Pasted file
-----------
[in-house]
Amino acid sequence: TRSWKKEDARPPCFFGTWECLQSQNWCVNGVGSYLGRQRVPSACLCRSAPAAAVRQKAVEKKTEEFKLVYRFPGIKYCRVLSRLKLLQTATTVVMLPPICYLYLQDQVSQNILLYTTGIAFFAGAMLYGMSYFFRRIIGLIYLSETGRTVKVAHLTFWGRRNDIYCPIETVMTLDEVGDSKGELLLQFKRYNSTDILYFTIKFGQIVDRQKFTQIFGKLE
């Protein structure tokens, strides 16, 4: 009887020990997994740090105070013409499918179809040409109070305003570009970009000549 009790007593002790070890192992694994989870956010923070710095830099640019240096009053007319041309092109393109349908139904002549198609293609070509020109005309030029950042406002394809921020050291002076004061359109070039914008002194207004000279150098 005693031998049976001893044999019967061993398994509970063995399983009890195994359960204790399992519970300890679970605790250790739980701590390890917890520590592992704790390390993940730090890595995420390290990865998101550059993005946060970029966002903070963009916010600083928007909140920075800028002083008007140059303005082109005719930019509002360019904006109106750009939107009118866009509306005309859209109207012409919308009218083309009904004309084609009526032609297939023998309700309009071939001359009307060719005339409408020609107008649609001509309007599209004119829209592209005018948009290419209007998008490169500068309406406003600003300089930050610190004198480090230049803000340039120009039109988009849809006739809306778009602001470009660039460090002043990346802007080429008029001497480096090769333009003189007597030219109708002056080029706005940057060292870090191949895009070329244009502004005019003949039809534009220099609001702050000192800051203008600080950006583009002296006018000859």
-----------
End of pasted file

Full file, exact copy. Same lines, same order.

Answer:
[in-house]
Amino acid sequence: TRSWKKEDARPPCFFGTWECLQSQNWCVNGVGSYLGRQRVPSACLCRSAPAAAVRQKAVEKKTEEFKLVYRFPGIKYCRVLSRLKLLQTATTVVMLPPICYLYLQDQVSQNILLYTTGIAFFAGAMLYGMSYFFRRIIGLIYLSETGRTVKVAHLTFWGRRNDIYCPIETVMTLDEVGDSKGELLLQFKRYNSTDILYFTIKFGQIVDRQKFTQIFGKLE
């Protein structure tokens, strides 16, 4: 009887020990997994740090105070013409499918179809040409109070305003570009970009000549 009790007593002790070890192992694994989870956010923070710095830099640019240096009053007319041309092109393109349908139904002549198609293609070509020109005309030029950042406002394809921020050291002076004061359109070039914008002194207004000279150098 005693031998049976001893044999019967061993398994509970063995399983009890195994359960204790399992519970300890679970605790250790739980701590390890917890520590592992704790390390993940730090890595995420390290990865998101550059993005946060970029966002903070963009916010600083928007909140920075800028002083008007140059303005082109005719930019509002360019904006109106750009939107009118866009509306005309859209109207012409919308009218083309009904004309084609009526032609297939023998309700309009071939001359009307060719005339409408020609107008649609001509309007599209004119829209592209005018948009290419209007998008490169500068309406406003600003300089930050610190004198480090230049803000340039120009039109988009849809006739809306778009602001470009660039460090002043990346802007080429008029001497480096090769333009003189007597030219109708002056080029706005940057060292870090191949895009070329244009502004005019003949039809534009220099609001702050000192800051203008600080950006583009002296006018000859």